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Aridjetou Oumorou, “For non-virgins, I was paid more than twice as much”

Aridjetou Oumorou, 65, has until recent years been carrying out female genital mutilations (FGM) in her community in central Togo, Tchamba. She agreed to abandon FGM as a requirement to participate in a microcredit loan program
(Phuong Tran/IRIN)

Aridjetou Oumorou, 65, had been carrying out female genital mutilation/cutting (FGM/C) for more than four decades until 2003, having started as an assistant to her mother, a community healer in central Togo. The region has the highest concentration of FGM/C in Togo.

Five years ago, she and other women who live in Tchamba, named after the community’s predominant ethnic group, were recruited to join a microcredit programme that required her to put down her knife and attend workshops in order to qualify for an annual business loan.

“I inherited my knife and my profession from my mother. The first time I cut a girl on my own, she kept on bleeding and bleeding. I went to my mother who gave me some leaves that I mixed with red earth and placed in a plate.

“I then placed the plate under the girl and she sat in it. The bleeding stopped. If there is a lot of blood and I got it in my eyes, that could be blinding. I know other women like me who became blind from this work.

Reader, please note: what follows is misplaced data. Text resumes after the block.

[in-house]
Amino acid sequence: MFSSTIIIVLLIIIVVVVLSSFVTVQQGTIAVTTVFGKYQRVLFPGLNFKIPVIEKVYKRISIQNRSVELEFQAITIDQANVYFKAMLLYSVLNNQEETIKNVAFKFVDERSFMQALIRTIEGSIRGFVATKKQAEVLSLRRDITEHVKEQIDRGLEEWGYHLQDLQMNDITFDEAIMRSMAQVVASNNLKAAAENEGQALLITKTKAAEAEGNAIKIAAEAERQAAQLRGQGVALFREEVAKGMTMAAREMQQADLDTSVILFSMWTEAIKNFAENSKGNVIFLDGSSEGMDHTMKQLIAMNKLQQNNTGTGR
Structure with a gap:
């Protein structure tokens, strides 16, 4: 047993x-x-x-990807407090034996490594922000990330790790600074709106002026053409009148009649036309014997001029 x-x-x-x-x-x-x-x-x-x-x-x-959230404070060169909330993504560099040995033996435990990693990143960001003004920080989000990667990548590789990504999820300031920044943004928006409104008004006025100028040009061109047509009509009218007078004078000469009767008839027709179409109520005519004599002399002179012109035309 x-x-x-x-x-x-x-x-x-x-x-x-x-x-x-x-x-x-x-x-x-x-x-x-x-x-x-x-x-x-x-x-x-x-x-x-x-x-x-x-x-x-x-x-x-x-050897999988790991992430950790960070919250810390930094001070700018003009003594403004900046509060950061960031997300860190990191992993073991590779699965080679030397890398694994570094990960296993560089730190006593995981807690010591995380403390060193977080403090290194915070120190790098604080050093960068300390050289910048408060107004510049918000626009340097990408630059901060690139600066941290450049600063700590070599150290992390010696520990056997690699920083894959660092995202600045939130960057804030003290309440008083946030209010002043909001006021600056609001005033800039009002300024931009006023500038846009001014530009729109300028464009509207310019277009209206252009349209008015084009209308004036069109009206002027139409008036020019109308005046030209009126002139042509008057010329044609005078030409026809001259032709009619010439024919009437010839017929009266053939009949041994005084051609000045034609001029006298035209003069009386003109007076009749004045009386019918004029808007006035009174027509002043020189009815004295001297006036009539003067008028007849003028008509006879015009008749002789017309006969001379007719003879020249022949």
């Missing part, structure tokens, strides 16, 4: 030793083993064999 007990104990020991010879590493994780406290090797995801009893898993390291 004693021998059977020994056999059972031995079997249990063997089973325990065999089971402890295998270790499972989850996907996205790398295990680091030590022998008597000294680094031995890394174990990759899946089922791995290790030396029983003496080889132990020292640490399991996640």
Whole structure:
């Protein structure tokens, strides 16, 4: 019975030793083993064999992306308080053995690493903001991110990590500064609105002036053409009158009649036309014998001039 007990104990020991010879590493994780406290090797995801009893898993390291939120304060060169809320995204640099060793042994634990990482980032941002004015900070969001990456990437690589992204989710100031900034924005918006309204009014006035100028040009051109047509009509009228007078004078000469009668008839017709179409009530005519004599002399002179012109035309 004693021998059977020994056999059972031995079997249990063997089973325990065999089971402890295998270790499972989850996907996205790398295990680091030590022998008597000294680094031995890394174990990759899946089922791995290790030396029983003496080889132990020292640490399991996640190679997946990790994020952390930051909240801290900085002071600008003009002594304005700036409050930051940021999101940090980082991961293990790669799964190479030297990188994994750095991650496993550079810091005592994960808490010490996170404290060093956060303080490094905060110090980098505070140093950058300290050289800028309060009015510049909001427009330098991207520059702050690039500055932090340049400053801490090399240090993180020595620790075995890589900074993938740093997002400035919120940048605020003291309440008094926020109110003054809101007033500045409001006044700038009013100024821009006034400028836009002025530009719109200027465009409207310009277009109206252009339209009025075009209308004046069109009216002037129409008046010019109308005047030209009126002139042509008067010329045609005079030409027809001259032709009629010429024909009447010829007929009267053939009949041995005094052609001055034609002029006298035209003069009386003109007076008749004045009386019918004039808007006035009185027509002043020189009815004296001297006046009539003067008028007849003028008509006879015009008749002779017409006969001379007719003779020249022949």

“If the woman or girl is not a virgin, there can be complications, so we have to prepare her with a ceremony in which we kill a small rooster and cut it in half and rub her body with the bird. We then bury the other half of the bird, asking ancestors for their permission to remove the girl’s clitoris.

“For non-virgins, I was paid more than twice as much because of potential complications, at least US$20 [in 2001]. For virgins, I was paid $6.

“I did FGM/C for more than 40 years, but it was never for the money. It was because my mother had done it. I was trained as a midwife and that is how I earned money for about 30 years. So I knew the risks of FGM/C, but my mother was always there with her remedies if I had problems.

“I left FGM/C behind five years ago. If my mother were still alive, she would agree with this decision. She knew it wasn’t right to be doing what we did, but there was not really a choice. We had to do it because if not, the girls would be insulted for keeping their clitorises. Now, girls do not want this [FGM/C] and people do not judge them.

“I would not go back to doing FGM/C no matter how much someone offered to pay me. When I put down my knife, I made a pact with God – no more. Health comes first. Health over money.”


This article was produced by IRIN News while it was part of the United Nations Office for the Coordination of Humanitarian Affairs. Please send queries on copyright or liability to the UN. For more information: https://shop.un.org/rights-permissions

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